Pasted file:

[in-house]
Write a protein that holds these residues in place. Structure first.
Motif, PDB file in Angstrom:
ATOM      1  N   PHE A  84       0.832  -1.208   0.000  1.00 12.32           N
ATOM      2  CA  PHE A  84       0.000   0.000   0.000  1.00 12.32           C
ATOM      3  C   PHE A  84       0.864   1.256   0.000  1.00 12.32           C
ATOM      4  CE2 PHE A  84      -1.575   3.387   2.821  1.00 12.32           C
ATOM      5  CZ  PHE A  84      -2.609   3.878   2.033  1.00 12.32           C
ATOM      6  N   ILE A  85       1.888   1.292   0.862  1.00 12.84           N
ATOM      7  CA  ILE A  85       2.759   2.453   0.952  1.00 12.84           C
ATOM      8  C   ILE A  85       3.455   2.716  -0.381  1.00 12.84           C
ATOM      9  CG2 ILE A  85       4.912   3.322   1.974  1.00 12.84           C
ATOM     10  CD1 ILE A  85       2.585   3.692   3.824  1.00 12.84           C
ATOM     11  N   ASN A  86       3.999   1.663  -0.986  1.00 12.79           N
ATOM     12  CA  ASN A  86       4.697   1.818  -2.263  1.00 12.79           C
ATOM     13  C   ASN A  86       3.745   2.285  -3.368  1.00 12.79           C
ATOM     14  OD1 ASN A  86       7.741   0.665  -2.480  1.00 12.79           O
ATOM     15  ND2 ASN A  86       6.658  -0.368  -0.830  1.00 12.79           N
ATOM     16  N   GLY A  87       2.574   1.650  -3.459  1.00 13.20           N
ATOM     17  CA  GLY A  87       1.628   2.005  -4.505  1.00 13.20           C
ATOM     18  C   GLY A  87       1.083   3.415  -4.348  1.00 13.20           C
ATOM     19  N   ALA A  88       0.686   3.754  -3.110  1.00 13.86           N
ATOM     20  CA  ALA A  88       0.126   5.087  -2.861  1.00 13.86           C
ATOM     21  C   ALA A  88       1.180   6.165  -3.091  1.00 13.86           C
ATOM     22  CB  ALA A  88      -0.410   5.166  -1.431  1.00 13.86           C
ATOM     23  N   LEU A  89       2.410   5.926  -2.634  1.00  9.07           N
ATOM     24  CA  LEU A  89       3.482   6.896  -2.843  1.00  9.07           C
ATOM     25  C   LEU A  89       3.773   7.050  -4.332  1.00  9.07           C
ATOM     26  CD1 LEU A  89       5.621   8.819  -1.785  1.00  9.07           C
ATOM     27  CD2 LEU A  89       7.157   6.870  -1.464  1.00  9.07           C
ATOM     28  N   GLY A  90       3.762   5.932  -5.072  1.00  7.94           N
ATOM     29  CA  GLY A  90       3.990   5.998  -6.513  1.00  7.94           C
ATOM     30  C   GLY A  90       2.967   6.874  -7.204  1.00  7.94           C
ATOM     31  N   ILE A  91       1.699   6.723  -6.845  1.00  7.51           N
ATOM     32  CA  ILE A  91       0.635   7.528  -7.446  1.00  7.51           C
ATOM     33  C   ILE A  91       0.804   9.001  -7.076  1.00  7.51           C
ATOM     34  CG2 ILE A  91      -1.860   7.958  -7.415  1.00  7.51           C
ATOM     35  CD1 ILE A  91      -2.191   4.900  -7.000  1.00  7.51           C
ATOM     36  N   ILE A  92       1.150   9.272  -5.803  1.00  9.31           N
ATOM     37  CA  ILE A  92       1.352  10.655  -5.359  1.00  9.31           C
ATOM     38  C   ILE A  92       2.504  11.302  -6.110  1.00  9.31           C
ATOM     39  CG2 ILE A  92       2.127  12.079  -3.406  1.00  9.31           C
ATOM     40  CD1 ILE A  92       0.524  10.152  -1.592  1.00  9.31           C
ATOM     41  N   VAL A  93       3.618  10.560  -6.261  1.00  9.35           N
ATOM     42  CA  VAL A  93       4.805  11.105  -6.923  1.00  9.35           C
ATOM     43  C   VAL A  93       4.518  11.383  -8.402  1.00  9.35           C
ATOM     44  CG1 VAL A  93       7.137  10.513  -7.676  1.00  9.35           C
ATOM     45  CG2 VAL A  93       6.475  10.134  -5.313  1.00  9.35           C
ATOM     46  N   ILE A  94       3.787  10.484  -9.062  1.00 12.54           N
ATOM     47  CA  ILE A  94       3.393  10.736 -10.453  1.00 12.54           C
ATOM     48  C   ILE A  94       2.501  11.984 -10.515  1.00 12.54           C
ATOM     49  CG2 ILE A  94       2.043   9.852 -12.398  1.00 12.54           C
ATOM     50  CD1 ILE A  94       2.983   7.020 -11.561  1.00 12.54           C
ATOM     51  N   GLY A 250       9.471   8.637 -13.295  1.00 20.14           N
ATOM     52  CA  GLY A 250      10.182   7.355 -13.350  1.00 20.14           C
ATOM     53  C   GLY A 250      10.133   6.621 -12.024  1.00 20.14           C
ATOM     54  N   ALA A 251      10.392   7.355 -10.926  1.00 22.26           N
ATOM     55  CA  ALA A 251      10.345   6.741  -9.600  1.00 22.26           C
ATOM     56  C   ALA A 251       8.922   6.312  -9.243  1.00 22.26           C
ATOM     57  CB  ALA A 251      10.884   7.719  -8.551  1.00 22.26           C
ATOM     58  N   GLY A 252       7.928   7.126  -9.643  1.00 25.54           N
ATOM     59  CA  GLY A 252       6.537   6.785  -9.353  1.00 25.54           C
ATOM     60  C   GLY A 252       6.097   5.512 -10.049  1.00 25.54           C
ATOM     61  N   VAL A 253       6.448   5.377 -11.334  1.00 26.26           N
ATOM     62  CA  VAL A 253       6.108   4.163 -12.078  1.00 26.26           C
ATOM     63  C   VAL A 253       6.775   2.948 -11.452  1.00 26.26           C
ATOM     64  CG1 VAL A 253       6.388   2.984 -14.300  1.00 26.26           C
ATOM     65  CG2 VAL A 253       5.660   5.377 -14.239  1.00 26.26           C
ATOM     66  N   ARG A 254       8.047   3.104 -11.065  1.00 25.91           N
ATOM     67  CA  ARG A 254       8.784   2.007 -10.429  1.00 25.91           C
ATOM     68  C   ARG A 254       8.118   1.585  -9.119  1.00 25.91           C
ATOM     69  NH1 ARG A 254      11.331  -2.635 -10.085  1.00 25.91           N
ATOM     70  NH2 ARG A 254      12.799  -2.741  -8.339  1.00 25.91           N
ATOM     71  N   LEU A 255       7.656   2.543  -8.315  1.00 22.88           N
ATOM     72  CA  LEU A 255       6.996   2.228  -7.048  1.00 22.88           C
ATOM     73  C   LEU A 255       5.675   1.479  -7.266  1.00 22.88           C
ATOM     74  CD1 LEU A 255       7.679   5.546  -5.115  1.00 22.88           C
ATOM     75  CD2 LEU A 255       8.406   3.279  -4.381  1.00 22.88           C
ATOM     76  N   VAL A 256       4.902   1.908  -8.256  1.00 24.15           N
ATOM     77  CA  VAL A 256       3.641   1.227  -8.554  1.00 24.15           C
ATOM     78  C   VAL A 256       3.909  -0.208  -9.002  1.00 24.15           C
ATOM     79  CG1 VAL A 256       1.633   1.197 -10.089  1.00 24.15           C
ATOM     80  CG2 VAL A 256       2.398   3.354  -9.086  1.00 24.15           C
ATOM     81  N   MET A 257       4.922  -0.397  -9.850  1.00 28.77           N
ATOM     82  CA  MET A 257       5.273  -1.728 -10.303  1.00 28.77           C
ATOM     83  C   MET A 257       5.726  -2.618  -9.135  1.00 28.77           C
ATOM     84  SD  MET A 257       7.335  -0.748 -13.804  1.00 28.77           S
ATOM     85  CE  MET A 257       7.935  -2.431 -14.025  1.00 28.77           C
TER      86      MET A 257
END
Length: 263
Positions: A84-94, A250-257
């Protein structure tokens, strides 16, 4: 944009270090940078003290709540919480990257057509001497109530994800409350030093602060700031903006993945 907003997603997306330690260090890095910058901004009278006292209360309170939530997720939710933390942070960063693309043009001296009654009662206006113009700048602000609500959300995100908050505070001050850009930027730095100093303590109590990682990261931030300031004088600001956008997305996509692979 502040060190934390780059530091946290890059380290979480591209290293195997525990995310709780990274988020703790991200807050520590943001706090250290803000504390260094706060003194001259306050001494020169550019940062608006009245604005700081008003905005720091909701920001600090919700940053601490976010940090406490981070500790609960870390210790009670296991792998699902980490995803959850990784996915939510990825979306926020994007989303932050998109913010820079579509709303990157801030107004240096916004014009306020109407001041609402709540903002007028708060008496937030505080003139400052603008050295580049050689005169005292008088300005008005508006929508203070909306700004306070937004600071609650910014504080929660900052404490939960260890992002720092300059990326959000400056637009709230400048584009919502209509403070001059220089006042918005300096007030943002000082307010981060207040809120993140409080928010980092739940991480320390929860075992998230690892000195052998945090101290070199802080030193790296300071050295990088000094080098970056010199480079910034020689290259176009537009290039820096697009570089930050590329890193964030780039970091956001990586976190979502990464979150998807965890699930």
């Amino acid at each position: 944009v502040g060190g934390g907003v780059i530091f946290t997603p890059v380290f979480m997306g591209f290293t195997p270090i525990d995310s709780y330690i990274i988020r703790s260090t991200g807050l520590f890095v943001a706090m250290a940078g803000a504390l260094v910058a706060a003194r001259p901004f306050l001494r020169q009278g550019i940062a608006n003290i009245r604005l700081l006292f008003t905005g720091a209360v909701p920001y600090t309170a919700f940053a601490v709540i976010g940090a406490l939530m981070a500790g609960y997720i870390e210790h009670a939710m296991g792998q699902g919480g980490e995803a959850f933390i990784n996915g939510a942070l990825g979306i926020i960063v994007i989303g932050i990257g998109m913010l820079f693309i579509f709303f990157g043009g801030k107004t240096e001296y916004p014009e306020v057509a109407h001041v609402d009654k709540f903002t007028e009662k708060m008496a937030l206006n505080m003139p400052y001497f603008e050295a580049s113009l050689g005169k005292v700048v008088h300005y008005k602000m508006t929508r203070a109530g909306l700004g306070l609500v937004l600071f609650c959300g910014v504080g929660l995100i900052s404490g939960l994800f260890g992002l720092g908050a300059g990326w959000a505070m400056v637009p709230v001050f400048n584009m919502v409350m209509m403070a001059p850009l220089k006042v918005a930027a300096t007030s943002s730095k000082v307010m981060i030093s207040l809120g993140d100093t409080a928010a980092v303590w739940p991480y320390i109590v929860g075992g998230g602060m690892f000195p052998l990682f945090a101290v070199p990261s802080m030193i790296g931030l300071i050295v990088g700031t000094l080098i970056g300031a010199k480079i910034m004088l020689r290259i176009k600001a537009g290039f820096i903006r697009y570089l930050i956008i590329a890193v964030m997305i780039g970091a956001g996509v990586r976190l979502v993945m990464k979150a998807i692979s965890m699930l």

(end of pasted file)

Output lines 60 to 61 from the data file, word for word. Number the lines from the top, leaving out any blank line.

ATOM     57  CB  ALA A 251      10.884   7.719  -8.551  1.00 22.26           C
ATOM     58  N   GLY A 252       7.928   7.126  -9.643  1.00 25.54           N